The mayor of the southern French city of Beziers is facing heavy criticism and accusations of racism after sharply denouncing a Muslim group’s offer to protect a church during a Christmas midnight mass.
Robert Menard, elected mayor of Beziers’ 72,000 inhabitants in 2014 with the support of France’s nationalist party, Front National, didn’t pull any punches when condemning the Muslim initiative. Responding on the city’s website on December 26 in an entry titled “Muslim Guard: What Is the State Doing?” he wrote:
“A Muslim guard ‘protecting’ a Catholic church. Against whom? Hordes of Buddhist monks? Siberian shamans? Who are they mocking here? And where is this country going? Since when do the arsonists protect against fires?”
Menard, the former head of the respected ‘Reporters Without Borders’ organization, later pointed out that the proposal was simply a “foretaste of the Lebanisation of France” and that the Muslim group making the offer is led by “two activists known for their fundamentalist and anti-Israeli stances.” Menard stated the Muslim group made the same offer at the city’s 13th-century cathedral, adding he will inform police about this ‘Muslim guard’.
As expected, besides Muslims, France’s liberals and leftists were highly indignant, to say the least, that Menard had compared Muslims to arsonists. One group, SOS Racisme, said it will launch a complaint, calling Menard’s choice of words “insulting,” and accused him of wanting “to whip up hatred against Muslims.”
France’s interior minister, Bernard Cazeneuve, a member of the ruling Socialist Party that relies on the Muslim vote at election time, also entered the fray. On Twitter, the minister expressed his “respect for the Muslims who protected the churches at Christmas.”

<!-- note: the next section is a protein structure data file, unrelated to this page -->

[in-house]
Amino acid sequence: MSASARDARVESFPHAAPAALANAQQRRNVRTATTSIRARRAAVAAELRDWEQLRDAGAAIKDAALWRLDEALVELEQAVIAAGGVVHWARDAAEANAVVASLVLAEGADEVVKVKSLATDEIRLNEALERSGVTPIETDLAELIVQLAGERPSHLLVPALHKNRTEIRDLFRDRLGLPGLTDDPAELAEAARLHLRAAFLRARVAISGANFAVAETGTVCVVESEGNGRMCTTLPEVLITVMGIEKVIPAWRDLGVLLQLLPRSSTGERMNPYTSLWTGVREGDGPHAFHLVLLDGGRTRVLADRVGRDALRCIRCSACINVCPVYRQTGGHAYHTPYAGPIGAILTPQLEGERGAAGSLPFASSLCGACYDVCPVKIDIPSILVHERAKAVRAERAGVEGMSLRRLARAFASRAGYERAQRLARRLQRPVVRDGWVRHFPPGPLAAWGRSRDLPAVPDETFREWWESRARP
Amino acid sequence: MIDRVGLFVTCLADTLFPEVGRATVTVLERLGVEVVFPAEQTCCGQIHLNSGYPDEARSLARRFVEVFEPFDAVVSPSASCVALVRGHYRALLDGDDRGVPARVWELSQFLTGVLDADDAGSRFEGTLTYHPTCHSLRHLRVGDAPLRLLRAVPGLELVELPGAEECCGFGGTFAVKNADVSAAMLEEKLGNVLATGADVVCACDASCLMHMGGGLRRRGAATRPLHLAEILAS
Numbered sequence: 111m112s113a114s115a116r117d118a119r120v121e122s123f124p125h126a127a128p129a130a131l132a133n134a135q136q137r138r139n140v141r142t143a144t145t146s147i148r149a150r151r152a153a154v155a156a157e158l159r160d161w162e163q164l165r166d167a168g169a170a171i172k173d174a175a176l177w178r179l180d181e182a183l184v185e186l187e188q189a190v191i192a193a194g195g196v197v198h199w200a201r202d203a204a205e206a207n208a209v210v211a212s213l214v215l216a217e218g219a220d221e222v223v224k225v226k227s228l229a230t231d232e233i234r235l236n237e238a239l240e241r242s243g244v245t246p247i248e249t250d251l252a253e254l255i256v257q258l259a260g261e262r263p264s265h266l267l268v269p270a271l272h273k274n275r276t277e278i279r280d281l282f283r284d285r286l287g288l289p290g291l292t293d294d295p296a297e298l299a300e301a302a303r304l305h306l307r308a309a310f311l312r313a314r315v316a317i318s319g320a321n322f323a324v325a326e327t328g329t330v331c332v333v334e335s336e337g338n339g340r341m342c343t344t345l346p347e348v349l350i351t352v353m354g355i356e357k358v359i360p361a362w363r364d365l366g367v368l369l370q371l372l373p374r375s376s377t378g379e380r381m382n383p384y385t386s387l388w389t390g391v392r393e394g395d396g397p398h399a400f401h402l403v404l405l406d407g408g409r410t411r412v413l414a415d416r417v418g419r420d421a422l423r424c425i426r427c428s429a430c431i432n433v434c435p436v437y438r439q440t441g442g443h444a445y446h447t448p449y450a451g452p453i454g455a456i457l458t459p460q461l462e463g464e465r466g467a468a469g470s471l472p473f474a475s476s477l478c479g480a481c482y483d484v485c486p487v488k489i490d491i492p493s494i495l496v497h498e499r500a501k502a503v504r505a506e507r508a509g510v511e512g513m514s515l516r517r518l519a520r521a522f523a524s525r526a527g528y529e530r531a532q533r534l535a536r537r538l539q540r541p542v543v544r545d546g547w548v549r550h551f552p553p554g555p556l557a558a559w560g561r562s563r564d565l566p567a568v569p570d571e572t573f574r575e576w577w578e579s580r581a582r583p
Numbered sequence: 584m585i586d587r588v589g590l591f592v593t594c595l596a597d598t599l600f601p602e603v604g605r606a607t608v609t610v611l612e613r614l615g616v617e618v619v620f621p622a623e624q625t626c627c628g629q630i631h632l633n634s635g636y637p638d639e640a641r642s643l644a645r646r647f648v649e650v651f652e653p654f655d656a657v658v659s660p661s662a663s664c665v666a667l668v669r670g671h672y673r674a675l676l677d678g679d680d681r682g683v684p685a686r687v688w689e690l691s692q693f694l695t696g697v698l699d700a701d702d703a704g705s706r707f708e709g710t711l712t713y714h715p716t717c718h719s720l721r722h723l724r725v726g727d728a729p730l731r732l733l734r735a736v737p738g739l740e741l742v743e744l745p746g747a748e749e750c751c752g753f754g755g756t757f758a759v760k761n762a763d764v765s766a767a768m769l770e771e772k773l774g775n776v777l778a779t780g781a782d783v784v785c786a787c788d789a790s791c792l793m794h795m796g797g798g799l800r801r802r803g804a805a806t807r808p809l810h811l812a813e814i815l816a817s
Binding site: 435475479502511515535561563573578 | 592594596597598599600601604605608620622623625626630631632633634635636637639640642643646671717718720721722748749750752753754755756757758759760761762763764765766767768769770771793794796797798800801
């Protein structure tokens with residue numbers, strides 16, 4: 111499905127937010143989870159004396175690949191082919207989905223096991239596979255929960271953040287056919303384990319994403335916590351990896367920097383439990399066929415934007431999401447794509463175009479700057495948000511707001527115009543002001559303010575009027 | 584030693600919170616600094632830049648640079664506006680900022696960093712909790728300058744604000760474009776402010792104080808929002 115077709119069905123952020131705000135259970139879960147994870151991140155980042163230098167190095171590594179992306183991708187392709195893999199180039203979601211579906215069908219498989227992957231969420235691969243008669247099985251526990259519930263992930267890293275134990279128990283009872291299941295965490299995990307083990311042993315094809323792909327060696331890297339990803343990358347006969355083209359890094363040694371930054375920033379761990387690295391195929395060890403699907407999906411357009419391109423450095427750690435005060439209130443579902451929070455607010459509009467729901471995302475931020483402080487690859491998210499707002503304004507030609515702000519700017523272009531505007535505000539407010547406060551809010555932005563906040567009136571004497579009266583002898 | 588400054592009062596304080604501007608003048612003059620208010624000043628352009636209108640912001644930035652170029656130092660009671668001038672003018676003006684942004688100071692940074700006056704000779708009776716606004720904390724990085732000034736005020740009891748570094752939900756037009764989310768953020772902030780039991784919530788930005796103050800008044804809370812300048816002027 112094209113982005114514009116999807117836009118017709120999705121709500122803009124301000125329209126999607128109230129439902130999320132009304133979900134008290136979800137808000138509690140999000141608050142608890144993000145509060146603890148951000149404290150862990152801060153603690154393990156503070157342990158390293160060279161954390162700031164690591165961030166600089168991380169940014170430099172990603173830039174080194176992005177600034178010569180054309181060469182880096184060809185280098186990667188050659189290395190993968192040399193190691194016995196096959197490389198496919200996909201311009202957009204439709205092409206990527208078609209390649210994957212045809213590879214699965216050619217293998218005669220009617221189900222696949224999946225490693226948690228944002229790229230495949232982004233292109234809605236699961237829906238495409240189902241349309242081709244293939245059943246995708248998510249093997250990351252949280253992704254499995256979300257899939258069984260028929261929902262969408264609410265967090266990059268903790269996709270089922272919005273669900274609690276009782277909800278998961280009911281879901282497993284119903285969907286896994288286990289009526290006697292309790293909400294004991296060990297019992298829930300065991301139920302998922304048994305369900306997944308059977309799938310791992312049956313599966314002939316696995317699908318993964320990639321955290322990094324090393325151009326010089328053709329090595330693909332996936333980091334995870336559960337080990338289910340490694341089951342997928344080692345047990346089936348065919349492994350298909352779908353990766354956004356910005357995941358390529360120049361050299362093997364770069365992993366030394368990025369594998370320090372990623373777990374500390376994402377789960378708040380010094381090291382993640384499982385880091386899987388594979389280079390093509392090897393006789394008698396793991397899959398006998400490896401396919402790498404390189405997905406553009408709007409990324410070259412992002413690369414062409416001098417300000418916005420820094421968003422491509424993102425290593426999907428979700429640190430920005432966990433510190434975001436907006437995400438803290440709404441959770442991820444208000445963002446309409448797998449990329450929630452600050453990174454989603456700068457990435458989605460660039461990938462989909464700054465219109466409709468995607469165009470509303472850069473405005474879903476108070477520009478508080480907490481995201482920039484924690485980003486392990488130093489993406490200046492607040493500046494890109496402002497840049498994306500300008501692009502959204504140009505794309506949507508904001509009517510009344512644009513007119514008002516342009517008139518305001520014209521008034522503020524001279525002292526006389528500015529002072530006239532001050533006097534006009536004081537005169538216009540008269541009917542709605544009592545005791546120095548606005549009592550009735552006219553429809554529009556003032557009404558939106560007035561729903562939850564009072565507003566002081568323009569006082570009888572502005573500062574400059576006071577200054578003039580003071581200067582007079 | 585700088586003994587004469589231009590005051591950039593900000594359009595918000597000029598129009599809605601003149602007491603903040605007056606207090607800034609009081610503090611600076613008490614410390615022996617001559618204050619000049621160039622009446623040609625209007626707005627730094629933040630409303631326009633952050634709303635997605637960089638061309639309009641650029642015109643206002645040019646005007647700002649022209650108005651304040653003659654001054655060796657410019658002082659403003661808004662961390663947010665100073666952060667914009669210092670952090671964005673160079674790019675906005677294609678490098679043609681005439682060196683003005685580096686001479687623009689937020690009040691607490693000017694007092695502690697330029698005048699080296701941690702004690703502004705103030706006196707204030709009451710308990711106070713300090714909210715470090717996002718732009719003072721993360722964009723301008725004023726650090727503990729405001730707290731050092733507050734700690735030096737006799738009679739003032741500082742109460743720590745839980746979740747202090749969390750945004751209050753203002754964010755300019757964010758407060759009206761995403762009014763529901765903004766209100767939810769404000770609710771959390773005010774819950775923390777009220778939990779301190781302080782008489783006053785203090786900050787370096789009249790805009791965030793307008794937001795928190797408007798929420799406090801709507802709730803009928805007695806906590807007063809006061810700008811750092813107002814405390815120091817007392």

One such church in Lens was reported to have “particularly appreciated” the Muslim presence. At the end of the mass, the priest invited the Muslims to come to the altar in order to hand them “the light of Bethlehem, the symbol of peace,” while the congregation applauded (see video here).
It’s too bad the priest didn’t ask them to also spread this message of peace among their Muslim co-religionists in present-day Bethlehem where Christians are persecuted.
Menard is no stranger to controversy. For example, after his fifth victory in court against France’s main human rights organization, the League of the Rights of Man (LRM), he had a photo published in the Bezier journal of a man spanking a woman, taken from the 1924 movie Girl Shy. Menard titled it: “Judicial Spanking: The LRM is visibly acquiring a taste here.” Underneath was written: Mayor of Beziers 5, LRM 0.
Naturally, Menard’s tongue-in-cheek choice of photos produced leftist outrage and accusations from French feminists that he was inciting violence against women.
This, and other politically incorrect actions by Menard, have angered France’s ‘bien-pensants’ (good-thinkers) to the point where socialist deputies in France’s National Assembly called last September for his removal from office. But after calling his socialist critics “completely stupid,” Menard stated: “It is time they understand that democracy is not reserved only for their friends.”
Menard believes the Muslim group approached the Beziers church at Christmas not because it wanted to help prevent Islamic terrorist attacks, like the ones that left 148 dead in France in 2015, but rather because of his own security initiative that would see an unarmed, but uniformed, volunteer force of citizens assist police. It would patrol streets and stand watch at buildings, connected to police headquarters by walkie-talkies.
City council had approved the creation of Menard’s ‘garde biterroise’, as it is called, shortly before Christmas. This new, volunteer force, Menard said, will remain in existence as long as France is under a state of emergency, declared after the November 13 Paris terrorist attack.